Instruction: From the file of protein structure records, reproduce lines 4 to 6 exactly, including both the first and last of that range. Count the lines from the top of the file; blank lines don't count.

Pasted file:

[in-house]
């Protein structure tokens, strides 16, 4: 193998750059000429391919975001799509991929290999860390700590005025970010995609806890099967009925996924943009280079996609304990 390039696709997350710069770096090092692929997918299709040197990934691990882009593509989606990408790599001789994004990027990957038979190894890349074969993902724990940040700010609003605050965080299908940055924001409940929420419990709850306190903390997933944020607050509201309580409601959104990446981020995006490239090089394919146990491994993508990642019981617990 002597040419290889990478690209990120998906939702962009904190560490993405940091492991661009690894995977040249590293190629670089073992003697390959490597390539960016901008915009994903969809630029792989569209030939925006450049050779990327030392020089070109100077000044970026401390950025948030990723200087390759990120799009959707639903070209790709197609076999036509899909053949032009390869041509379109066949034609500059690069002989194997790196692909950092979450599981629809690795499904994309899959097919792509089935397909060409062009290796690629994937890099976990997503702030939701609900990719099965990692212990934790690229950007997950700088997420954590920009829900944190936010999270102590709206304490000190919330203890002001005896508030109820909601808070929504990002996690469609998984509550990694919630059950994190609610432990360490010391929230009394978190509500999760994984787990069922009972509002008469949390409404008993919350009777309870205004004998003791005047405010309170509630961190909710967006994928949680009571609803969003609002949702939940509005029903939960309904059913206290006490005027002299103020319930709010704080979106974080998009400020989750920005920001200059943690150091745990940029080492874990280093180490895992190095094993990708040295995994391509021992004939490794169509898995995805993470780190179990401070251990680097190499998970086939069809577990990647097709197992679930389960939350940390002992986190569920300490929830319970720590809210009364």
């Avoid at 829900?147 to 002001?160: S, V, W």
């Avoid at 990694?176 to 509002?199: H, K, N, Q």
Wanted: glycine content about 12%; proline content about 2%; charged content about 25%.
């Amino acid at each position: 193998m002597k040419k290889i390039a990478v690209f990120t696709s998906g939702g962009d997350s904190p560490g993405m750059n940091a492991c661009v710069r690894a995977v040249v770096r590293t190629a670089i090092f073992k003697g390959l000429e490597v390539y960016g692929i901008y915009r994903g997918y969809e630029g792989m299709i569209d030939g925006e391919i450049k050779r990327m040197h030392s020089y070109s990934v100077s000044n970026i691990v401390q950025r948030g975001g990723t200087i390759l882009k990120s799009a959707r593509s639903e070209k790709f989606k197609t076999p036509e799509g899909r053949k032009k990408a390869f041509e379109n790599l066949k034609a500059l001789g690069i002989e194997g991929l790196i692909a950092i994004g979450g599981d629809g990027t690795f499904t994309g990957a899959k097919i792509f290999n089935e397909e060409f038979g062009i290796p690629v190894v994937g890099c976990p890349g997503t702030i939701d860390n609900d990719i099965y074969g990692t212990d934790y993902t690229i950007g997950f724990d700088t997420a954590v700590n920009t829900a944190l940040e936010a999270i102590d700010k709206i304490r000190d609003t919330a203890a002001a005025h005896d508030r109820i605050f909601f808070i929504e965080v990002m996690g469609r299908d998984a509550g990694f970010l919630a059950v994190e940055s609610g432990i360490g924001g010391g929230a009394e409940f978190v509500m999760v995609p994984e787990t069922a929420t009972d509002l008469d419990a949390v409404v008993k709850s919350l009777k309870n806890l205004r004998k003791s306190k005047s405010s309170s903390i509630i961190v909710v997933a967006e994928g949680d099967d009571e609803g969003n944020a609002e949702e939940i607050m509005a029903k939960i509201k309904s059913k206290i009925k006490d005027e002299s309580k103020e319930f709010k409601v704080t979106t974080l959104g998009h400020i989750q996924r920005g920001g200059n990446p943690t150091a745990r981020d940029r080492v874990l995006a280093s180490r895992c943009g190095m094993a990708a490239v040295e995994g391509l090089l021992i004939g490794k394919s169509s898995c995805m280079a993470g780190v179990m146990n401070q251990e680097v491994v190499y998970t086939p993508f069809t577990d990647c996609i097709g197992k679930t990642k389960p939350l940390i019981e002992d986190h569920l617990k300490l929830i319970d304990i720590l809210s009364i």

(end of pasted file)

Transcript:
């Avoid at 990694?176 to 509002?199: H, K, N, Q």
Wanted: glycine content about 12%; proline content about 2%; charged content about 25%.
């Amino acid at each position: 193998m002597k040419k290889i390039a990478v690209f990120t696709s998906g939702g962009d997350s904190p560490g993405m750059n940091a492991c661009v710069r690894a995977v040249v770096r590293t190629a670089i090092f073992k003697g390959l000429e490597v390539y960016g692929i901008y915009r994903g997918y969809e630029g792989m299709i569209d030939g925006e391919i450049k050779r990327m040197h030392s020089y070109s990934v100077s000044n970026i691990v401390q950025r948030g975001g990723t200087i390759l882009k990120s799009a959707r593509s639903e070209k790709f989606k197609t076999p036509e799509g899909r053949k032009k990408a390869f041509e379109n790599l066949k034609a500059l001789g690069i002989e194997g991929l790196i692909a950092i994004g979450g599981d629809g990027t690795f499904t994309g990957a899959k097919i792509f290999n089935e397909e060409f038979g062009i290796p690629v190894v994937g890099c976990p890349g997503t702030i939701d860390n609900d990719i099965y074969g990692t212990d934790y993902t690229i950007g997950f724990d700088t997420a954590v700590n920009t829900a944190l940040e936010a999270i102590d700010k709206i304490r000190d609003t919330a203890a002001a005025h005896d508030r109820i605050f909601f808070i929504e965080v990002m996690g469609r299908d998984a509550g990694f970010l919630a059950v994190e940055s609610g432990i360490g924001g010391g929230a009394e409940f978190v509500m999760v995609p994984e787990t069922a929420t009972d509002l008469d419990a949390v409404v008993k709850s919350l009777k309870n806890l205004r004998k003791s306190k005047s405010s309170s903390i509630i961190v909710v997933a967006e994928g949680d099967d009571e609803g969003n944020a609002e949702e939940i607050m509005a029903k939960i509201k309904s059913k206290i009925k006490d005027e002299s309580k103020e319930f709010k409601v704080t979106t974080l959104g998009h400020i989750q996924r920005g920001g200059n990446p943690t150091a745990r981020d940029r080492v874990l995006a280093s180490r895992c943009g190095m094993a990708a490239v040295e995994g391509l090089l021992i004939g490794k394919s169509s898995c995805m280079a993470g780190v179990m146990n401070q251990e680097v491994v190499y998970t086939p993508f069809t577990d990647c996609i097709g197992k679930t990642k389960p939350l940390i019981e002992d986190h569920l617990k300490l929830i319970d304990i720590l809210s009364i």